Part 2 of the study is devoted to how animal constellations are used in illustrating collective models of the world. Robanus illustrates how theories of aristocratic domination often figure in the relationship between aristocrats and commoners as human-animal relationships, starting with Thomas Hobbes’ justification of absolute power through the invocation of humans as wolf-like in the state of nature. At the same time, natural law increasingly disputes this hierarchisation towards the end of the 19th century. Robanus uncovers fascinating material from economic theory and Policeywissenschaft that underscores the similarities of humans and animals in order to justify efforts at domination. Particularly striking is an extreme example from J. H. von Justi’s anonymously published Physicalische und politische Betrachtungen (1769) that imagines humans being bred like animals in “Menschereyen” (165) for the good of the state, a controversial idea that is cited in a different form in the closing scene of J. M. R. Lenz’s Die Soldaten (1776). Isaak Iselin’s Philosophische Mutmassungen. Ueber die Geschichte der Menschheit (1764) provides a particularly ambivalent example of the role of animality in the philosophy of history. For Iselin, the urge to domination is itself rooted in violence, as he imagines an originary scene consisting of a violent confrontation between herders and hunters that results in the subjugation of the former by the latter. However, while Iselin presents historical progress as a process that sees the taming of physical, ‘animal’ urges by civilisation, Robanus nonetheless detects in the text the residual identification of both the aristocracy and the masses with animality, in contrast to the “aufgeklärte, gebildete, moralisch kontrollierte Bürger” (171). By contrast, Wieland’s Platonische Betrachtungen über den Menschen (1755) seems more conventional, as a text that justifies the political order with reference to degrees of animality in a hierarchically ordered society, but which ties the justification of monarchy to the sovereign’s overcoming of animal instincts. In this sense, theories of political domination tend to rely on emphasising the similarities between humans and animals in order to justify the need for sovereign rule.
Chapter 7 turns to the competing sources of knowledge about frogs in Wieland’s Abderiten (1773–80). The chapter discusses the conflicts between theological and scientific knowledge in the novel and how these in turn map onto power struggles and political divisions within the community. More generally, it illustrates how even lower ranking, often overlooked animals can play a significant role in the politics of knowledge in this era. The same can be said of Wezel’s Belphegor (1776), the subject of chapter 8, which illustrates the mutability of discourses about human-animal relationships and extends its gaze to examine not only common literary animals such as lions, but also birds of paradise and even meerkats, and concludes that the novel observes the contingency of the zoopolitical order. Chapter 9 examines Wezel’s Robinson Krusoe (1780) as a reflection on Daniel Defoe’s Robinson Crusoe (1719) and the history of its reception. Robanus’ refined reading of Wezel’s novel in dialogue with Defoe’s examines how scenes with animals both restage and blur the earlier novel’s debates about the refounding of society and of political rule. In particular, Robanus shows how political power over humans is founded upon the claim to dominance over animals, with animal traits transferred to human beings providing justification for rule.
The study’s final main chapter examines the prominence of zoopolitics in Wieland’s Der goldne Spiegel (1772). Particular attention is paid to the debates between the idealistic advisor Danischmende and the pragmatic ruler Schah-Gebal concerning the proper system of rule. Robanus shows how Danischmende implies that the prevailing practices of domination have degraded subjects into animals. As with Wieland’s Abderiten, Robanus argues that the novel’s discussion of the originary narrative about the great ape draws attention to the political implications of knowledge about animals and provides an ironic reflection on the power implications of animal knowledge. This critical attitude even extends to Tifan’s idealistic politics, which deny fully humane treatment to the Yafaou. The chapter makes a good argument for what the author calls “die zoopolitische Strukturierung der Kultur- und Staatsgeschichte” (292) and more generally for the centrality of animal discourses in the political culture of the Enlightenment.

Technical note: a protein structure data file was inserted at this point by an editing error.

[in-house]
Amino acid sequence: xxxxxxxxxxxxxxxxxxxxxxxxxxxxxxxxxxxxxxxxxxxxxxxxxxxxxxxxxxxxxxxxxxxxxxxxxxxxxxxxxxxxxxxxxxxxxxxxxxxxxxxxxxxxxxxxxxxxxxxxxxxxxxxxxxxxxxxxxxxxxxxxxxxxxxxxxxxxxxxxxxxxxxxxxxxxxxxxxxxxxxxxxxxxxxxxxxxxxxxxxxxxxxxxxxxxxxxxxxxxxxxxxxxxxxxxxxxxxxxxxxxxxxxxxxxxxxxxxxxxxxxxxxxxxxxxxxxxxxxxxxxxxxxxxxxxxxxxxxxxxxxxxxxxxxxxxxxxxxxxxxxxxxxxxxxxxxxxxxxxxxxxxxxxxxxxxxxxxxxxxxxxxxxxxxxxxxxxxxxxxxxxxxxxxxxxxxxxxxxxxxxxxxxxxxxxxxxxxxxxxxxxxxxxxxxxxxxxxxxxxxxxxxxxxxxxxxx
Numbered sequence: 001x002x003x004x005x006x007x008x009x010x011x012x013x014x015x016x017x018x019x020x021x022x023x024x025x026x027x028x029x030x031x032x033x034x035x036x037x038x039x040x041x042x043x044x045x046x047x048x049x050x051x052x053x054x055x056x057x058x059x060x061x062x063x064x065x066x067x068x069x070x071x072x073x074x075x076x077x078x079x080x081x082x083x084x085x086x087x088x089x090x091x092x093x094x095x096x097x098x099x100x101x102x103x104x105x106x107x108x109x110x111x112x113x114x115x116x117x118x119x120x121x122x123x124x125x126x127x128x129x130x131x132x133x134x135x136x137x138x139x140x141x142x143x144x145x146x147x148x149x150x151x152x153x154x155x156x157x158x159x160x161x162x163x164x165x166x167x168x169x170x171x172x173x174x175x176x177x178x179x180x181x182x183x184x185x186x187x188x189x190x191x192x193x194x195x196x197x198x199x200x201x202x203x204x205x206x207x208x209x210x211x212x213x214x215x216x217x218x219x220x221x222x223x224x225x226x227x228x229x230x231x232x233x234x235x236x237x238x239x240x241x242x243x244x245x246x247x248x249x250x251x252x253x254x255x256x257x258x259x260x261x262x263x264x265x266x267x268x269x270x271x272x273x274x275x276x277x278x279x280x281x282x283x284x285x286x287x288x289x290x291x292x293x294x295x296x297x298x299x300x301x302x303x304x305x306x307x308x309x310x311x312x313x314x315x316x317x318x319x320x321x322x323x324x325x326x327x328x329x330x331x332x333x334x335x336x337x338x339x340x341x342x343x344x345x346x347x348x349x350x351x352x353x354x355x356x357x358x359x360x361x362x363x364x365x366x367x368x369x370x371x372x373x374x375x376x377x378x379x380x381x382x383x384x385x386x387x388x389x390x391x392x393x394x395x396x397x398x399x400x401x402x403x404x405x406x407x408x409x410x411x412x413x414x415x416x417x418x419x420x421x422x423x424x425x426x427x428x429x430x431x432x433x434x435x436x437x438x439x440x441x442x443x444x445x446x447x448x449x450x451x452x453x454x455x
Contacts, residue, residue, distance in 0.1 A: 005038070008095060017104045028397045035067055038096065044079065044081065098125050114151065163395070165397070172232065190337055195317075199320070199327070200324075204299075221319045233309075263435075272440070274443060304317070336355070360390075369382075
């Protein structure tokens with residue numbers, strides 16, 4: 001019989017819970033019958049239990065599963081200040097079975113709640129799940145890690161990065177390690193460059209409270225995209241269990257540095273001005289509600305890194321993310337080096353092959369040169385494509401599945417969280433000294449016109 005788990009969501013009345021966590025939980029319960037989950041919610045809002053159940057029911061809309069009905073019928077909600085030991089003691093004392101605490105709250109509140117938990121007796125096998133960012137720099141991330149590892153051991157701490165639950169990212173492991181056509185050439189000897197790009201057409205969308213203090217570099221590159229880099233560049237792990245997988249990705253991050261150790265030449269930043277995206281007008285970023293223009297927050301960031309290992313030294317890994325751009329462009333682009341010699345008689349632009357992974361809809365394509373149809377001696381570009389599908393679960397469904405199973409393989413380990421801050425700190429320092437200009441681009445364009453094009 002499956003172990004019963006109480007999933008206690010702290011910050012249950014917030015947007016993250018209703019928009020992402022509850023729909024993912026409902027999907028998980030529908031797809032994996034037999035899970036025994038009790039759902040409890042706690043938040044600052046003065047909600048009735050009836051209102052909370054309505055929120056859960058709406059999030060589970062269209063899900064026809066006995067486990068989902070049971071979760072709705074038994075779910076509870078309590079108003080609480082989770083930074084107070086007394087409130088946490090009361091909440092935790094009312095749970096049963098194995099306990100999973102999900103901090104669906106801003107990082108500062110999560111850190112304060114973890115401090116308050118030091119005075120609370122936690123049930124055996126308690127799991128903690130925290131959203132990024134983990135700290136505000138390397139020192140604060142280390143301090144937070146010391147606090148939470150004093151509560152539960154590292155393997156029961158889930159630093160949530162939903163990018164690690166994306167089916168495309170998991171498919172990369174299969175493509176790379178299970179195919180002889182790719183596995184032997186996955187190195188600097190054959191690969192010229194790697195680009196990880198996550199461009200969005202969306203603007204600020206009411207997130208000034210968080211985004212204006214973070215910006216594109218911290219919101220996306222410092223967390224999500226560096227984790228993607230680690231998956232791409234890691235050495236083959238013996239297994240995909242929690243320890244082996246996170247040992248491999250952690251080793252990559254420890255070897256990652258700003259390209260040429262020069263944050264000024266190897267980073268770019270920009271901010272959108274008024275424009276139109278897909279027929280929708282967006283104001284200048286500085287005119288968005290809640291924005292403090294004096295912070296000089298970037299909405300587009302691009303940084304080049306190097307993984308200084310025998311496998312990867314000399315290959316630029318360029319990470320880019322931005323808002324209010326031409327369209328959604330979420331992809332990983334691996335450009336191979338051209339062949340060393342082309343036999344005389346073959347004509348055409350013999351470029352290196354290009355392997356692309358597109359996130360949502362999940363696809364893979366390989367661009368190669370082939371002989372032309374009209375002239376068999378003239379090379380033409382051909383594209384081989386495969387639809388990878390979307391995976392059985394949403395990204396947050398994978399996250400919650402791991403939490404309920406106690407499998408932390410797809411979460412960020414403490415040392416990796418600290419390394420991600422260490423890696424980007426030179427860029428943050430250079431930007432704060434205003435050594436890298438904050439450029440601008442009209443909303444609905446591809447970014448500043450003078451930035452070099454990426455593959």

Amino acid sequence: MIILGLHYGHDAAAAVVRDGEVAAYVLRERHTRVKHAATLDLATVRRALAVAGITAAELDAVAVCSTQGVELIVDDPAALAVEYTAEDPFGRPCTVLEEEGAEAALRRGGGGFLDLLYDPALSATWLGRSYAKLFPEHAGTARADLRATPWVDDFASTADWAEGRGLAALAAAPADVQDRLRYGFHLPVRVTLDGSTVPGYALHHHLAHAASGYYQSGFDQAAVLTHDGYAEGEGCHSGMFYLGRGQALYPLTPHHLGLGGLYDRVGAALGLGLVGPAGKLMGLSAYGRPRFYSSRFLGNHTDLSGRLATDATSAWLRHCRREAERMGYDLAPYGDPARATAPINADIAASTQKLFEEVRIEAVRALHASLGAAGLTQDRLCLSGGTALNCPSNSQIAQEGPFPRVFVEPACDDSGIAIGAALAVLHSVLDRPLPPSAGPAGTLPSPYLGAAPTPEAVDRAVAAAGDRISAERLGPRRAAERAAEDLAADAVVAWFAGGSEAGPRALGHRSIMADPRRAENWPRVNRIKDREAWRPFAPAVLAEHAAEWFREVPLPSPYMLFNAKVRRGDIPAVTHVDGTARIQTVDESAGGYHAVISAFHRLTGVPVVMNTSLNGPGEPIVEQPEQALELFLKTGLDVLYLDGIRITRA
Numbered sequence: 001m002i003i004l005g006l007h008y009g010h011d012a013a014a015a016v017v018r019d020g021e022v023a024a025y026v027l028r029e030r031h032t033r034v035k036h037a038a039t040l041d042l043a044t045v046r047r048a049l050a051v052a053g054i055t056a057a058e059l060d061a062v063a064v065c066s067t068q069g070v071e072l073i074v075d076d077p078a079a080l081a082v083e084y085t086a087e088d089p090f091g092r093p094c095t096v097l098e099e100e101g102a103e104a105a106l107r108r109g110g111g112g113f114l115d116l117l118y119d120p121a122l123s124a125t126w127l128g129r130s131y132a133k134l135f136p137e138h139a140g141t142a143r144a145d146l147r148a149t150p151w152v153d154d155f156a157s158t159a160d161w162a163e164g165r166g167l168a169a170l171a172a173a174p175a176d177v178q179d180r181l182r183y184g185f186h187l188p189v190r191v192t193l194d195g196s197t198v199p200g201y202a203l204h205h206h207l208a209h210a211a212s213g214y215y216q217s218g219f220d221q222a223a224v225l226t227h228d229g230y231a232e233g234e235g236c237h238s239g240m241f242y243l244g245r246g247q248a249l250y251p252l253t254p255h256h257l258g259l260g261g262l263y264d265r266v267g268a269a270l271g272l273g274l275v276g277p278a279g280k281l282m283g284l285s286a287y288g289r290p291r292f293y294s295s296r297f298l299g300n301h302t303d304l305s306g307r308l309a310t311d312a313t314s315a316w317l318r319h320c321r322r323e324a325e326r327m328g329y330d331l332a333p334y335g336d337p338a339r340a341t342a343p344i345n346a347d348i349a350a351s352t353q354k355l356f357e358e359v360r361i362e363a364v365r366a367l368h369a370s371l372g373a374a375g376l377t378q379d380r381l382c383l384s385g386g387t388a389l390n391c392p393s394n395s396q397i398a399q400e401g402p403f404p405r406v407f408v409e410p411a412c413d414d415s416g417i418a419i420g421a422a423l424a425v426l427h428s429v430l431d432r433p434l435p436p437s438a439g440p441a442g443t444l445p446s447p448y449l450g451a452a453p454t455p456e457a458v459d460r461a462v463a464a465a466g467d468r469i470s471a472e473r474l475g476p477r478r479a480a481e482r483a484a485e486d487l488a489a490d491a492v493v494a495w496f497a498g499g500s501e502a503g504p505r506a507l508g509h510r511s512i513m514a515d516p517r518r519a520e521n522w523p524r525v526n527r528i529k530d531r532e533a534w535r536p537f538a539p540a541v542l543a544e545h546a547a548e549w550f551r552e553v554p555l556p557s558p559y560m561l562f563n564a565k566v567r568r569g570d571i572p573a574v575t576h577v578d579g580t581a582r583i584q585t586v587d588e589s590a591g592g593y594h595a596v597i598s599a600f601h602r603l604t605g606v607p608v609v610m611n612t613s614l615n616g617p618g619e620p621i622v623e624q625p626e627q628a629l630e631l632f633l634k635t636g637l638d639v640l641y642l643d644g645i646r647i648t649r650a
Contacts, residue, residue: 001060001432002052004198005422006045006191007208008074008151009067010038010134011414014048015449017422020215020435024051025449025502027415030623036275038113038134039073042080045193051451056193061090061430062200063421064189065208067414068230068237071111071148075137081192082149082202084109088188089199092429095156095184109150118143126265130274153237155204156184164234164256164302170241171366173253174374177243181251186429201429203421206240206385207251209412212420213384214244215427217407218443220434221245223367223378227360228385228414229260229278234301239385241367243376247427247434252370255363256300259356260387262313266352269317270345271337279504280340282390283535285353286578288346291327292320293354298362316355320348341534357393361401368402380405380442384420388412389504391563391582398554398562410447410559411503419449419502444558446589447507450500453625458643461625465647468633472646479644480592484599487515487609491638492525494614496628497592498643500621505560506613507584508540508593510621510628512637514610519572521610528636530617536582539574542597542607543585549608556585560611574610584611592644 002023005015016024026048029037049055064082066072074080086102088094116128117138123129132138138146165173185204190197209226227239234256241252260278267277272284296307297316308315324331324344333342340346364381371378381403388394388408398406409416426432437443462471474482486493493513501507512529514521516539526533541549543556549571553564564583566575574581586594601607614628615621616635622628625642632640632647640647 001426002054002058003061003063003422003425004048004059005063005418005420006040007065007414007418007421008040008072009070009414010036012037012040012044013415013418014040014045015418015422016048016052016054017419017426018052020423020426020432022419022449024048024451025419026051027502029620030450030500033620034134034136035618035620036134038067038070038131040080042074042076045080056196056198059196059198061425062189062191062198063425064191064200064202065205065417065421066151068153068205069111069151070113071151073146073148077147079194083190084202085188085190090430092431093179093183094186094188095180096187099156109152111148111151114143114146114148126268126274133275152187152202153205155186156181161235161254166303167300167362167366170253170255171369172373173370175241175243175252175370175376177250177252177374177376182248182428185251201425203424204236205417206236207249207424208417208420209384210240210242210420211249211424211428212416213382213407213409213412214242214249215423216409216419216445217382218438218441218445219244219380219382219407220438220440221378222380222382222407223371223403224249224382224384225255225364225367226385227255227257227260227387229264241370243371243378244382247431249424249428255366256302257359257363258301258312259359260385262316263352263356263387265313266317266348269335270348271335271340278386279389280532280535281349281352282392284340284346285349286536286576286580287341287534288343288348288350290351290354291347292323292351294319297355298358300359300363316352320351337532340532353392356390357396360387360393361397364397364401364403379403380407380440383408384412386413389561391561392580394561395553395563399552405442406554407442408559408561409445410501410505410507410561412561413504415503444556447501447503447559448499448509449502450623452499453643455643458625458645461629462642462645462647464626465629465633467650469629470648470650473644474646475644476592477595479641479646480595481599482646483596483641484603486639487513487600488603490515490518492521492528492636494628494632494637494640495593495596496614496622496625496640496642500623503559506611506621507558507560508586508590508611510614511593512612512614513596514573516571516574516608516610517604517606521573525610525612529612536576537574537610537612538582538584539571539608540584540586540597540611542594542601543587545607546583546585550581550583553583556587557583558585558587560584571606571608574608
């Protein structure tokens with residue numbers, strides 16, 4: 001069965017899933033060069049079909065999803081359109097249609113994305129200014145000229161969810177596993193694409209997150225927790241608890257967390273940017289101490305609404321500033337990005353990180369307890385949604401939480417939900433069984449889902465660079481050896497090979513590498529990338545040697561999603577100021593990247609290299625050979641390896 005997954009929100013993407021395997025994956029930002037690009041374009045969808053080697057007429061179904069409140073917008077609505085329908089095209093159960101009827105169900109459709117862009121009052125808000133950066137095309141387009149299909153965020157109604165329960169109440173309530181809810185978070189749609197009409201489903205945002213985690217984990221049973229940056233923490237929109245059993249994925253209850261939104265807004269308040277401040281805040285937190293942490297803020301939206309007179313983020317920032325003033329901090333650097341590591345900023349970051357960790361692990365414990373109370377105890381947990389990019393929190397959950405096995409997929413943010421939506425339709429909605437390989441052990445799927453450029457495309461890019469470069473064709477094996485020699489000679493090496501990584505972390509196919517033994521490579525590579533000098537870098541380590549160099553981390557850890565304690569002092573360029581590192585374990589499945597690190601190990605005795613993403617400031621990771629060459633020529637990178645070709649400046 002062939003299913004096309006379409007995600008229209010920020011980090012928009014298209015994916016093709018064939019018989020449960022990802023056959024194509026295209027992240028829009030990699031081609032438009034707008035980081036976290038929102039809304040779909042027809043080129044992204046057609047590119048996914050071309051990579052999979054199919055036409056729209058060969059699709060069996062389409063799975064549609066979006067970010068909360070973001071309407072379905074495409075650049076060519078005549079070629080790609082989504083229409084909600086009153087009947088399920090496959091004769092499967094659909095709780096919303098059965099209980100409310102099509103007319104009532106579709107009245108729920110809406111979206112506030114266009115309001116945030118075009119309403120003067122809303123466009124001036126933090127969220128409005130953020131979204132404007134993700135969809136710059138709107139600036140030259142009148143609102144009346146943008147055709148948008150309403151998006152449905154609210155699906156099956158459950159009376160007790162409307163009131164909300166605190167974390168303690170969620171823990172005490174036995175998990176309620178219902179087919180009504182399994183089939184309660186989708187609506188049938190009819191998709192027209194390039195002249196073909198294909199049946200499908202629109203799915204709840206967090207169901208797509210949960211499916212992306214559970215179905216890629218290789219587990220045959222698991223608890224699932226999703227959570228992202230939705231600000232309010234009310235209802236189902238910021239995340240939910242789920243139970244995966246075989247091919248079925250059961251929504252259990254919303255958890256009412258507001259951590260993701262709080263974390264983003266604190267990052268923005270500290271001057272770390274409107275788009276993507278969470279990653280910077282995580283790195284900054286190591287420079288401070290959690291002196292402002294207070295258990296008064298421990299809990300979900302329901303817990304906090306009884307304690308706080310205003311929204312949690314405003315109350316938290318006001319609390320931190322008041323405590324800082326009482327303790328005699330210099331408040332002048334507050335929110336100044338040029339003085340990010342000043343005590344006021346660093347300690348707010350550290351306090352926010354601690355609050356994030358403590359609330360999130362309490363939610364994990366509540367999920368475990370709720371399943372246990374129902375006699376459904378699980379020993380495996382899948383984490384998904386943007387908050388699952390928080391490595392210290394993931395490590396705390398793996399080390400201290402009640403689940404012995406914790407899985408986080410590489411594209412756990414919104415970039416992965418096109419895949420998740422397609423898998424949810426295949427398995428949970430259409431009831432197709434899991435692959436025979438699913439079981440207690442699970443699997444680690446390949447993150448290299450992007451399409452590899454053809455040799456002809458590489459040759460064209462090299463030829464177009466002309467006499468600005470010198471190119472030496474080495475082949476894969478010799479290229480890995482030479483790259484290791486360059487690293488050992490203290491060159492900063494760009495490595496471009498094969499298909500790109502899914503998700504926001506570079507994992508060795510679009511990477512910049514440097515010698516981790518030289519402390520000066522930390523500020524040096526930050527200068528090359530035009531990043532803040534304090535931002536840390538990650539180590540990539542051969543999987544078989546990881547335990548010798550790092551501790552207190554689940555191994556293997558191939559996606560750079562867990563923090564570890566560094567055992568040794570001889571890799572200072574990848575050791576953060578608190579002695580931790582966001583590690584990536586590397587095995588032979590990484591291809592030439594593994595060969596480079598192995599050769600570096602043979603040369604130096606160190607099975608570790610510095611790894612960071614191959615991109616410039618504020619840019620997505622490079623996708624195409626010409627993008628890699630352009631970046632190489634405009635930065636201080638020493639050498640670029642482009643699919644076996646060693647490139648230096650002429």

The book’s conclusion summarises some of Robanus’ key contentions: that the zoopoetics of the 18th-century novel are founded upon a specific historical constellation that entails the overlapping of different outlooks: an anthropocentric natural history, an anthropology that both tries to underscore differences between humans and animals while also regarding humans’ physical nature as animalistic, and a political order that is based on natural law but nonetheless imagines its subjects metaphorically as animals and manages them accordingly. For Robanus, the work of these novels is to reflect on these tensions by placing different kinds of animal knowledge in dialogue with one another, to bring these codified animals into their diegetic worlds and to draw out the contingency involved in their associated ascriptions.
In a short final discussion, Robanus argues that the period after 1800 saw a growing differentiation in all of the disciplines that produced this knowledge, while the moral and didactic demands made of 18th-century novels began to grow obsolete after the turn of the 19th century. He notes, for example, how Johann Wolfgang von Goethe’s Die Wahlverwandtschaften (1809) problematises scientific anthropocentrism in the discussion of the applicability of the idea of elective affinity to human relationships, and shows how the novel also traces the rapid advancement of scientific knowledge and its frequent obsolescence. By contrast, Jean Paul’s poetics repudiate the earnest classifications of Wieland’s Abderiten in favour of a humorous zoopoetics, which is illustrated with a reading of Dr. Katzenbergers Badereise (1809). Finally, E. T. A. Hoffmann’s Lebens-Ansichten des Katers Murr (1819–1821) is read as a twist on Wieland’s reflection on human perfectibility in the Geschichte des Agathon, in which the Bildungsgeschichte is now told from the perspective of an animal, placing in question both anthropological and animal knowledge. Robanus thus posits a decoupling between the fields of anthropology and natural history in the wake of the rise of autonomous literary writing in the classical-Romantic period.
Robanus’ demanding but readable study will be of great value not only to those interested in 18th-century animal studies, but also to scholars of the politics and epistemologies of the Age of Enlightenment. The book provides excellent source material for further work on literary reworkings of animal knowledge and beyond, and its integration of Francophone sources is particularly welcome. Its perceptive readings of the novels of Wieland and Wezel have the great merit of integrating what might appear to be heterogeneous animal motifs into a sustained argument about the nexus between knowledge formation and power, illustrated with plentiful primary material from both well-known and more unfamiliar sources.